These backgrounds apply to everyone, which is in contrast to some competitors, such as Wrike. If the idea of personal customization appeals to you, read our Wrike review for more.


Trello also has the option to email new tasks to an official email address for a project. This isn’t advertised and instead is buried in an advanced settings menu, but it was a nice touch for convenience. 

Both programs do offer a forms feature that you can use to add tasks to your project, although Trello’s forms are a third-party power-up.

Asana also falls behind when it comes to organization. It offers deletion but no archiving, so all the tasks must remain visible until the project is done. Meanwhile, Trello allows you to archive your cards, as well as delete them if you don’t need them anymore. 

However, Asana’s “files” view blows Trello’s file management out of the water. You can attach files to Trello’s tasks, but the only way to see that file is to open that task. Asana, on the other hand, has a convenient way to track every attachment in the project.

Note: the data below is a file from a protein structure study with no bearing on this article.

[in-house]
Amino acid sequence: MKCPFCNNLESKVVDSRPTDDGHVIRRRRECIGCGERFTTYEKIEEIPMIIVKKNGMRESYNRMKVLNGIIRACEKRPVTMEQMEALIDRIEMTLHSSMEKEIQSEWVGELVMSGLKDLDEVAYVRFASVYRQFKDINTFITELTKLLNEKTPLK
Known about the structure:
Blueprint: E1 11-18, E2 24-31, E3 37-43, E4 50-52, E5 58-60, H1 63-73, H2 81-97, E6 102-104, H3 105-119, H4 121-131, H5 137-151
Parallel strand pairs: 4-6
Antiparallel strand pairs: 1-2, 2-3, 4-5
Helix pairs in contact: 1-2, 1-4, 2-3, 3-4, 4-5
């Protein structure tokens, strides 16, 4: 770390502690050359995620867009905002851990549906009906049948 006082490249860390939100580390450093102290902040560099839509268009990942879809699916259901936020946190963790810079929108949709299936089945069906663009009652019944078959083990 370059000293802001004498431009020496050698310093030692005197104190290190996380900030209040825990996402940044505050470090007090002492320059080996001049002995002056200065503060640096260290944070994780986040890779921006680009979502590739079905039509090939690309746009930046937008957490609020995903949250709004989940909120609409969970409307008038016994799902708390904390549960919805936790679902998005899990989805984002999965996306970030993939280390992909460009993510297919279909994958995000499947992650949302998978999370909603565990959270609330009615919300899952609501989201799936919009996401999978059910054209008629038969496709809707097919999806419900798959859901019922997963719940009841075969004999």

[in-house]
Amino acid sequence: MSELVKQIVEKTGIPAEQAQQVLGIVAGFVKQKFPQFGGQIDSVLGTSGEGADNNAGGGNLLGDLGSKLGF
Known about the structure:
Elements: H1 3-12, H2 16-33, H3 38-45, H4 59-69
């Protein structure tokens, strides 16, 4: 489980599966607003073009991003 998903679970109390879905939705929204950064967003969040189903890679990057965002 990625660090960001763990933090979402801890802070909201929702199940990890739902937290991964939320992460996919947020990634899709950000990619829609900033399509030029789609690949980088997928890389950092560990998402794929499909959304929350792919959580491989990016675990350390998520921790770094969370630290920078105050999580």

If your project is very file-heavy, though, you may want to consider our list of the best cloud storage. Many of these integrate with project management tools, making its own organization irrelevant.

Round: Features
Point for Asana
Visit Asana1
Visit Trello0

2. Usability

When it comes to usability, Trello and Asana begin to pull away from each other more as both work toward different goals. Trello’s goal is to be easy to use out of the box with minimal clutter, while Asana’s goal is to be an all-in-one solution for a team or business. Its choices when it comes to usability reflect that.

Trello starts with exactly one view: cards on a kanban board, like sticky notes. This is great for keeping projects simple and teams small, but it limits your options if you need more complex task management for your projects, like a timeline or a list. All of these are hidden in power-ups and must be added manually.

It’s so simple that it’s almost a task management program, but see our guide on task management vs project management for the difference.

Because these power-ups are not created by Trello, they often don’t shine in the usability or style departments. For example, if your team needs to see the tasks in a list, the only option is to use Trello Tree View, a power-up that is — to put it bluntly — ugly when compared to the website.